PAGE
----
The blog theme this month is all about budgeting!

I want to start off by saying that, sadly, there is no one-size-fits-all approach to budgeting. People often ask me what budget template they should use, or how much they should be spending or saving. There’s no easy answer because it always depends on the individual. It depends on your current circumstances, your long-term goals, and your personality. BUT once you figure out a budget that suits you, you’ll be much better off. Let’s dig in.

Sadly, there is no one-size-fits-all approach to budgeting.

1. Figure out how much you earn each month

This one can be easy, if you have a steady paycheck. All you have to do is look at your pay stubs that come each month. If you get two consistent paychecks each month, add them up and that’s your monthly income. That’s the maximum number you should reach when it comes to your expenses and spending. If you’re spending more than what is coming in, you’ll end up in debt. Ideally, you want to be spending more than a little bit less than you’re earning, so that there is money leftover to save or put towards debt.

Figuring out your monthly income can be trickier if you’re a business owner, or if you are an hourly employer. If your income varies due to these circumstances, try to figure out your average earnings. If you earn more than that some months, you can put that money towards savings or debt, but you shouldn’t budget it as typical income. That’s because if you’re budgeting for more, but you earn less, you might end up in the red.

2. Figure out how much you spend each month

This part can be a little trickier and tedious. First, I would break this into two different categories: fixed/required expenses and flex spending. Fixed spending includes everything that is generally the same each month, like rent, utilities, car insurance, student loans, etc. Flex spending is anything that you have more control over, like groceries, dining out, personal care, etc.

An easier way of doing this is to create an account with an app like ClarityMoney, Learnvest, Mint, etc. Link all of your accounts and the program will give you a breakdown of how you’ve been spending your money over time. You might have to go in and re-categorize some things, but this should give you a good idea of how much you’re spending and on what.

If you don’t want to link up to a budgeting program, you can also do this part manually. It will take longer, but it will likely give you a lot of clarity about your spending habits and where your money is actually going. I like to use Google Sheets for this kind of activity. (Don’t know where to start? Email me to get a sample budget spreadsheet!)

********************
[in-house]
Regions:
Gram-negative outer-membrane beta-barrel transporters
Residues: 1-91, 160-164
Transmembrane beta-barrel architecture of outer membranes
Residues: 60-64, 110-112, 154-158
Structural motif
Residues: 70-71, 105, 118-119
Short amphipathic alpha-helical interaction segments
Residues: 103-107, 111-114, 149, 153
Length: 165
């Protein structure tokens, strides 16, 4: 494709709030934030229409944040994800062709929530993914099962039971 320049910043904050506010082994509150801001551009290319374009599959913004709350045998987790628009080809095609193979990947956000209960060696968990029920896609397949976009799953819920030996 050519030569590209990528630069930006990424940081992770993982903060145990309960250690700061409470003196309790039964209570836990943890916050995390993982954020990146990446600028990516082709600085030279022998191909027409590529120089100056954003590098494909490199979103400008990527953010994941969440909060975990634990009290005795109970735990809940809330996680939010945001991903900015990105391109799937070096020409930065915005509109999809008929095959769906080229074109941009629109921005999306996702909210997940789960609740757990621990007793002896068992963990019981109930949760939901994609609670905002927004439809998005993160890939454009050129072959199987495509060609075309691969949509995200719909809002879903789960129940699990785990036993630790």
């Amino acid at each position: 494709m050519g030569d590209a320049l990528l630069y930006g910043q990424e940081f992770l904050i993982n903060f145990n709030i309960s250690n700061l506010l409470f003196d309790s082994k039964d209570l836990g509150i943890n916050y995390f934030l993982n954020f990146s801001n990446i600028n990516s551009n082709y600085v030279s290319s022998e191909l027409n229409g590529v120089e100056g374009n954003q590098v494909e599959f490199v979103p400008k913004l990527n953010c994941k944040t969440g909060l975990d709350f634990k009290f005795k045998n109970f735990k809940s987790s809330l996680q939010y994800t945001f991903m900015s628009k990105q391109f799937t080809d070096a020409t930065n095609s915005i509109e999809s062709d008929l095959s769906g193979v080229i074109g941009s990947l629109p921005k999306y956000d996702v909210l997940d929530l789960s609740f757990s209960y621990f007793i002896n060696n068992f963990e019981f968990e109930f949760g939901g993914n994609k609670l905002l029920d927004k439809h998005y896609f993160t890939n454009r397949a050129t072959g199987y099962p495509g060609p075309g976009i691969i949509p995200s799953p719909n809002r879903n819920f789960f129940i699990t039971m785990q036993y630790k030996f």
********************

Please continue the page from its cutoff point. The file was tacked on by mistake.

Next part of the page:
3. Don’t forget about non-monthly expenses

Quarterly or annual expenses can be easy to forget. And they can throw you off your budget if you aren’t prepared. So keep track of all of your non-monthly expenses. Put reminders in your calendar for right before you’ll be charged for them. This exercise might even show that there are subscriptions or other bills you should cancel. (The ClarityMoney app shows you any recurring payments that you have and gives you the option to cancel them through the app if you don’t want to use them anymore.)

If you want to be extra prepared for non-monthly expenses, set up a savings account just for them. I set aside money each month to cover things like renter’s insurance, holiday and birthday gifts, yearly subscriptions, etc. I decided to do this after I was caught off guard by the $160 renter’s insurance bill that only comes once a year. It’s not much money over the course of the year, but it can break your monthly budget if you aren’t ready for it. So, set up a savings account, and automate a monthly amount that will go into that account so that you always have enough to cover those costs.

4. Figure out how much is left over

Once you account for all of your monthly (and non-monthly) spending, what’s leftover? Is there anything leftover? Are you in the negative? If you have money leftover after paying all your bills and doing your typical flex spending, you then decide what you want to do with it. If you realize that there isn’t anything or enough leftover, you may have to make some changes. Which leads me to…

5. Identify where you can cut spending

This process won’t necessarily feel good, because you will be forced to face whether you’re overspending or not. You may realize that your money habits are not reflecting your values or your long-term goals. That’s okay! Most of us haven’t been taught how to manage our money, and we definitely haven’t been taught to align our money with what means the most to us. So, let yourself feel the bad feelings and then forgive yourself. Going through this process is the first step to getting to where you want to go, so you’re on the right track!

Once you get through that, take an honest look at where you can cut your spending. This might mean that you have to adjust your habits and lifestyle. You’ll likely have to stop going out to eat or drink as often. This might impact your relationships with your romantic partner or friends. So make sure that you talk to them about it.

Sometimes, we’ve cut all the spending that we possibly can, and the only option is to earn more. Therefore, it may be time to ask for a raise or start looking for a higher paying job.